Wednesday, January 5, 2011

Re-creating a dead manís final footsteps on Mt. Everest

Filmmaker Anthony Geffen to talk on film ĎThe Wildest Dreamí


By SABINA DANA PLASSE
Express Staff Writer

Photo by Jimmy Chin courtesy of National Geographic Entertainment Conrad Anker and Leo Houlding test out their replica 1924 climbing gear at 23,000 ft.

In 1924, British climber George Mallory and his climbing partner Andrew "Sandy" Irvine set out to be the first men to conquer Mount Everest. However, just a few hundred yards from the summit on June 8, a snowstorm closed in and their fate was sealed.

Only a few pieces of evidence were recovered of Mallory and Irvine's daring adventure. Then, in 1999, world-class explorer and mountaineer Conrad Anker found Mallory's body. Lying at 26,760 feet on the north, Tibetan, side of the mountain, the body was discovered during a Mallory & Irvine Research Expedition trip led by Eric Simonson.

The discovery of Mallory's body intensified a 75-year mystery: Was Mallory the first man to set foot on top of the world's tallest peak? The mystery hinged on a journal entry by Capt. Noel Odell, an oxygen officer for the 1924 expedition. Odell described seeing Mallory and Irvine on a ridge near the base of the final pyramid. This observation, which has been heavily scrutinized for decades, would have put Mallory and Irvine at the "Second Step," a 100-foot sheer rock wall just beneath the summit of Everest.

Everest ascents have been made using a metal ladder bolted to the headwall, the "Second Step," by a Chinese expedition in 1975.

English film director Anthony Geffen, CEO and executive producer of Atlantic Productions and part-time Sun Valley resident, believed a documentary on Everest re-creating Mallory and Irvine's original attempt would provide an ultimate conclusion to one of the world's most intriguing expeditions on the world's tallest mountain.

Geffen said that growing up as an English kid, he saw Mallory as a "huge" hero.

He said the parallels between Mallory's and Anker's lives are fascinating. Mallory and his wife, Ruth, had three children. Anker lives with his wife, Jenni, and their three sons. Jenni had suffered a tragedy similar to Ruth's before production began on "The Wildest Dream." Her first husband, mountaineering legend Alex Lowe, was killed in an avalanche in Tibet while on an expedition with Anker in 1999—the same year that Anker had found Mallory's body. Anker, who was Lowe's best friend, survived the avalanche, but not without injuries, both physical and in the form of survivor's guilt.

< "This is a romantic film," Geffen said. "It's a story about love and how far it would go."

Anker and Leo Houlding, world-class British climber and expedition leader, would re-create the 1924 climb in 1924 replica clothing and gear. In addition, the expedition was granted special permission from Chinese authorities to remove the bolted ladder on the "Second Step" to re-create Mallory and Irvine's possible free-climb to the top of Everest.

After three years, the project was completed and released as "The Wildest Dream," directed by Emmy Award-winner Geffen. The film features the vocal talents of Academy Award nominees Liam Neeson and Ralph Fiennes, as well as Hugh Dancy, Alan Rickman and the late Natasha Richardson.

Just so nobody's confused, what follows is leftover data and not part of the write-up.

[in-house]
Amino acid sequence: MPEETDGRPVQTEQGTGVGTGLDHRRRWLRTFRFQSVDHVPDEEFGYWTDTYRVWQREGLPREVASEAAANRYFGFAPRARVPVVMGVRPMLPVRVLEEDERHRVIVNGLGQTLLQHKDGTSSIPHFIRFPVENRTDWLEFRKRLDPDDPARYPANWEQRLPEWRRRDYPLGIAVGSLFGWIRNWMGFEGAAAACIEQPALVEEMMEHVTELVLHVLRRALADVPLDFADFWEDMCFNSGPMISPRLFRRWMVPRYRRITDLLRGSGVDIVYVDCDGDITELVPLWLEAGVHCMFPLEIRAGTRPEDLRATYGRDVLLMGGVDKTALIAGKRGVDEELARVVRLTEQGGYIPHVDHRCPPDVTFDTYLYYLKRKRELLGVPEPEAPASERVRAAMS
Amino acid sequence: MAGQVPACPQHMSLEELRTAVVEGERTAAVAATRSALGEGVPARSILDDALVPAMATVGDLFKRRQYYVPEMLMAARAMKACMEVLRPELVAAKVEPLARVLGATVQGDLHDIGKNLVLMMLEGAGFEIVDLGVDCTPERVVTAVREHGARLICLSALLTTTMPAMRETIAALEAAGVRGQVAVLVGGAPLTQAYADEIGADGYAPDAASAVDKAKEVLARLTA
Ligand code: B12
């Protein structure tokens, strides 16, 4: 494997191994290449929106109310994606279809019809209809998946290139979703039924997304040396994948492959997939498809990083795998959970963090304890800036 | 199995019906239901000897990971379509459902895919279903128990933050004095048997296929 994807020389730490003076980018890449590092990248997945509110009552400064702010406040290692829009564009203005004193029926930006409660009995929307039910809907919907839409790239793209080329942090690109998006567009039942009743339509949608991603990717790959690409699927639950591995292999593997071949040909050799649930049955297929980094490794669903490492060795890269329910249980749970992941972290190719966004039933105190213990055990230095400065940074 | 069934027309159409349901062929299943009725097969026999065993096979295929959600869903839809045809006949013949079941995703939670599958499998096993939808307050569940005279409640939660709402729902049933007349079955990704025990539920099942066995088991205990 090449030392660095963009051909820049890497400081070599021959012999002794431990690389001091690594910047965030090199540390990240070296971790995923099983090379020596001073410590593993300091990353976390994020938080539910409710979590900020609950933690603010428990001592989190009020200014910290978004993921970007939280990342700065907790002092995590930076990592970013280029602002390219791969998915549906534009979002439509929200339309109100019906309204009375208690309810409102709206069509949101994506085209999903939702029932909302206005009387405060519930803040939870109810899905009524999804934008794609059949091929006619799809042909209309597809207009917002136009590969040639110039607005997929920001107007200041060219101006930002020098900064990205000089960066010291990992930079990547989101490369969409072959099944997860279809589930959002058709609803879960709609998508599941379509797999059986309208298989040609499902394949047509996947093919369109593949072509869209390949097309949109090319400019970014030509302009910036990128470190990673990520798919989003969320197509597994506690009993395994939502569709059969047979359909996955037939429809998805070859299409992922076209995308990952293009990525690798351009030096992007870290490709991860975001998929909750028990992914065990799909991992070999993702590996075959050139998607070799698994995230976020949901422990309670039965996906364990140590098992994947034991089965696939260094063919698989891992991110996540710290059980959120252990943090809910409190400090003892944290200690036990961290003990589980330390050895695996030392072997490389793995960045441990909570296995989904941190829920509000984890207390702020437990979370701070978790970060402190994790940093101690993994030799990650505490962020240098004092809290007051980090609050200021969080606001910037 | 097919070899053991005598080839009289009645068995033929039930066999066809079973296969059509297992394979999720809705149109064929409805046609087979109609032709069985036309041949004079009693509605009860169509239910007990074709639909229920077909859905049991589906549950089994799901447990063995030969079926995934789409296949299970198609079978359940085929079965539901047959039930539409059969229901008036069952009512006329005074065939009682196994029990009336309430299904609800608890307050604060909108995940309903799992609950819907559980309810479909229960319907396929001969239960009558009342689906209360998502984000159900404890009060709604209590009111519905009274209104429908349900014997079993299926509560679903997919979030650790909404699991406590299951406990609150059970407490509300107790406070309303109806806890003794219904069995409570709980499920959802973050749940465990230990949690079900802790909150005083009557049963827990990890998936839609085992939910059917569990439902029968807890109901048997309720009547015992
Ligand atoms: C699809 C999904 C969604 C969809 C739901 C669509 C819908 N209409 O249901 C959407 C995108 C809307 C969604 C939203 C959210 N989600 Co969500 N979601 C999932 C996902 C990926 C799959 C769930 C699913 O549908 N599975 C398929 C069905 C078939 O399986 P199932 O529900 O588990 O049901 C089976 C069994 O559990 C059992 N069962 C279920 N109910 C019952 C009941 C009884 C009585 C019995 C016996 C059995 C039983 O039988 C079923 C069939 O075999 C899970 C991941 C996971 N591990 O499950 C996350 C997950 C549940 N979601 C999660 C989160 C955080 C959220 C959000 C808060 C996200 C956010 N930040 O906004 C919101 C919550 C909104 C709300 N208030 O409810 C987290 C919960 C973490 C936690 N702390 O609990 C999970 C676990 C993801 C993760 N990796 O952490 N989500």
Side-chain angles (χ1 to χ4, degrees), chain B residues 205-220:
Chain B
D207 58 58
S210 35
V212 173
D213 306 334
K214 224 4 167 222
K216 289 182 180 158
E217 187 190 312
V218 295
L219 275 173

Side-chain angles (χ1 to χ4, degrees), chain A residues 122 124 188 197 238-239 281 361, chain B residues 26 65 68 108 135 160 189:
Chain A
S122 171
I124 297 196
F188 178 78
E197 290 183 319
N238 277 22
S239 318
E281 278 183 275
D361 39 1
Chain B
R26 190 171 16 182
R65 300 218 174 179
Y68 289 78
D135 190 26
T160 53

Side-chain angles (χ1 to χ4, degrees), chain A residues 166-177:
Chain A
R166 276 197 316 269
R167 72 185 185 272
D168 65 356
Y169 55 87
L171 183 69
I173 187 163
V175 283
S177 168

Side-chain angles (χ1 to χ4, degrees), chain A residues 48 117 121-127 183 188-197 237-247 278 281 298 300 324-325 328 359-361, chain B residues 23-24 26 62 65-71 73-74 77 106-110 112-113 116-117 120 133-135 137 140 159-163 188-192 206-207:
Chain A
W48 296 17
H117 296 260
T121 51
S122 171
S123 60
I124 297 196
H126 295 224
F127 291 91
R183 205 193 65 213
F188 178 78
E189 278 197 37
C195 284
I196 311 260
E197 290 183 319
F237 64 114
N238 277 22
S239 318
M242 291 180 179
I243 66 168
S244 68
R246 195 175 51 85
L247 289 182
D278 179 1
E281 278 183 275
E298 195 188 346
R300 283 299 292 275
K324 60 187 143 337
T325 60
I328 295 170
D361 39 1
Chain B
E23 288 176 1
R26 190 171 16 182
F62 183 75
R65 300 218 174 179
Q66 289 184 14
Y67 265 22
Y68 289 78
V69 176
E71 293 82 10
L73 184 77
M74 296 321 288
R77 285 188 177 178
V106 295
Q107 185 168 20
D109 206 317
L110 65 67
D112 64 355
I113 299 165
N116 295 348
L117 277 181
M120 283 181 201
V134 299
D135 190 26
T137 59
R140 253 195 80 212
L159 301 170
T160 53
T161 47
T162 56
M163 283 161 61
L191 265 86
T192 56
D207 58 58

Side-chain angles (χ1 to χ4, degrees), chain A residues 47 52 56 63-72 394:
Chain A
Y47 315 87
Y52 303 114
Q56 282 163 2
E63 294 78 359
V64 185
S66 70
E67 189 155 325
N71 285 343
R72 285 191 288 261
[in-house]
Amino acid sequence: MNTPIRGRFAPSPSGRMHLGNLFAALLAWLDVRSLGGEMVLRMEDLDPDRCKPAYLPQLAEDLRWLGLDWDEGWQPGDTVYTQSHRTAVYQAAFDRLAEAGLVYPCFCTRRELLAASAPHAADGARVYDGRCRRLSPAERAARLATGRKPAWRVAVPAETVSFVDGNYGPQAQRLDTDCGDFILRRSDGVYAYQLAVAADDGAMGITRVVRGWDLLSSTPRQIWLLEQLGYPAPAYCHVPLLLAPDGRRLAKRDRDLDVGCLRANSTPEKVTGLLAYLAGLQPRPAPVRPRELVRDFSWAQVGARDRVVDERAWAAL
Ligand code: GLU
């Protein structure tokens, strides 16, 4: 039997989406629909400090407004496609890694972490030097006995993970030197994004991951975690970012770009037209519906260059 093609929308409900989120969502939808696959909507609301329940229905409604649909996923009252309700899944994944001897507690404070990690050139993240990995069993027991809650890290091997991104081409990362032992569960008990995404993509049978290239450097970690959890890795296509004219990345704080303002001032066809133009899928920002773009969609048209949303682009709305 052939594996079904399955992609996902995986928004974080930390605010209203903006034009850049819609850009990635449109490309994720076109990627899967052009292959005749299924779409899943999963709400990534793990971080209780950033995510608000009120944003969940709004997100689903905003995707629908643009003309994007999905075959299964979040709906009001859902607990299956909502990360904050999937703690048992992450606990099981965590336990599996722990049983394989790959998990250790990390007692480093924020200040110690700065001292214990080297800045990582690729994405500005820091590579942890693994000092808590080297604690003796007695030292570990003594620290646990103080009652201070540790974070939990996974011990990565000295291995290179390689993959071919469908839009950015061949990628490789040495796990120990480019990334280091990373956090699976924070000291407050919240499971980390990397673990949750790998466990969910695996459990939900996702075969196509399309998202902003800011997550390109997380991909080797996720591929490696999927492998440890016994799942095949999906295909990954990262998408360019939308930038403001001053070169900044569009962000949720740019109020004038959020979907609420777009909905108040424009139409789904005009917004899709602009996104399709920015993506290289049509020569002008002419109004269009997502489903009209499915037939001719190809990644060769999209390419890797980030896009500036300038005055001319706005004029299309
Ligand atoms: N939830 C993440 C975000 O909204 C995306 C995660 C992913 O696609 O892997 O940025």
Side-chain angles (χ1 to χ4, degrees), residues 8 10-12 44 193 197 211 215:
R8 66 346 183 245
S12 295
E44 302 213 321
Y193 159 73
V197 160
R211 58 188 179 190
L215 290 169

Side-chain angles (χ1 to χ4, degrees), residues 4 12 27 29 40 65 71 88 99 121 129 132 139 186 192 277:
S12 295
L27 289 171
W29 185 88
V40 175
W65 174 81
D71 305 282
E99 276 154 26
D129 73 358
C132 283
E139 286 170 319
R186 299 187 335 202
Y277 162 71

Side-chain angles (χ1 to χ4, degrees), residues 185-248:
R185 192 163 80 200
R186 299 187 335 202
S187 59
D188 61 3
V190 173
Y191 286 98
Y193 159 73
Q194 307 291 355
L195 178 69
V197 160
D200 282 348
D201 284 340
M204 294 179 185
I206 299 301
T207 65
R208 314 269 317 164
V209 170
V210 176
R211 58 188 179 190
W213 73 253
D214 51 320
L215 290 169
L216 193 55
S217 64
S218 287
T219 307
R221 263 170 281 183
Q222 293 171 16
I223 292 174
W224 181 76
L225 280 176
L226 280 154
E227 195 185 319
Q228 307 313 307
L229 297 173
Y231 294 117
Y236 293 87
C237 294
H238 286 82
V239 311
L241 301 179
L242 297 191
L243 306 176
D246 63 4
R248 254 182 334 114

"The really nice thing about the film is it has been really well received," Geffen said. "I never set out to make a climbing film. I wanted to tell a story."

  In the quest for answers, Anker finally returns to Everest in 2007 with British climbing prodigy Leo Houlding, replicating as closely as possible Mallory's ill-fated expedition. The men retrace the Northeast Ridge Route, even removing the ladder from the infamous Second Step to "free climb" this dangerous 90-foot sheer rock wall just as Mallory and Irvine would have had to do 83 years earlier. 

Told through the poignant and evocative letters between Mallory and his beloved Ruth, the film combines previously unseen archival photos, specially restored film footage and dramatization with the present-day story of Anker's expedition to tell the tale of the quest to conquer Everest and the compelling longing for home. It is a tale of obsession as relevant today as it was in 1924.

Anker, Houlding and Geffen assembled a team of specialists, including a high altitude cameraman, technical and medical support, Sherpas and a number of other high-altitude climbers, including Ken Sauls, Jimmy Chin, who has skied down Everest, and world-class kayaker and expedition guide Gerry Moffatt, who lives in Ketchum. Overseeing the expedition was Russell Brice, who has been leading expeditions to the Himalayas since 1974.

The principle climbing team of Anker, Houlding, Sauls and Chin, which also included Moffatt, had a very small window of time to work in before the monsoon season hit the region. With the monsoon season expected to begin in days, the team summited Everest on June 14, 2007.

At 29,035 feet, the expedition would become the highest drama sequence ever shot, making history while re-creating it at the same time.

"It's one thing to climb Mt. Everest, but it's another thing to make a film about climbing Mt. Everest," Geffen said.

The film has been released by National Geographic and played in IMAX theaters internationally.

Sabina Dana Plasse: splasse@mtexpress.com

Talk information

Anthony Geffen will give a free talk at The Community Library in Ketchum today, Jan. 5, at 6 p.m. For details, call 726-3493.




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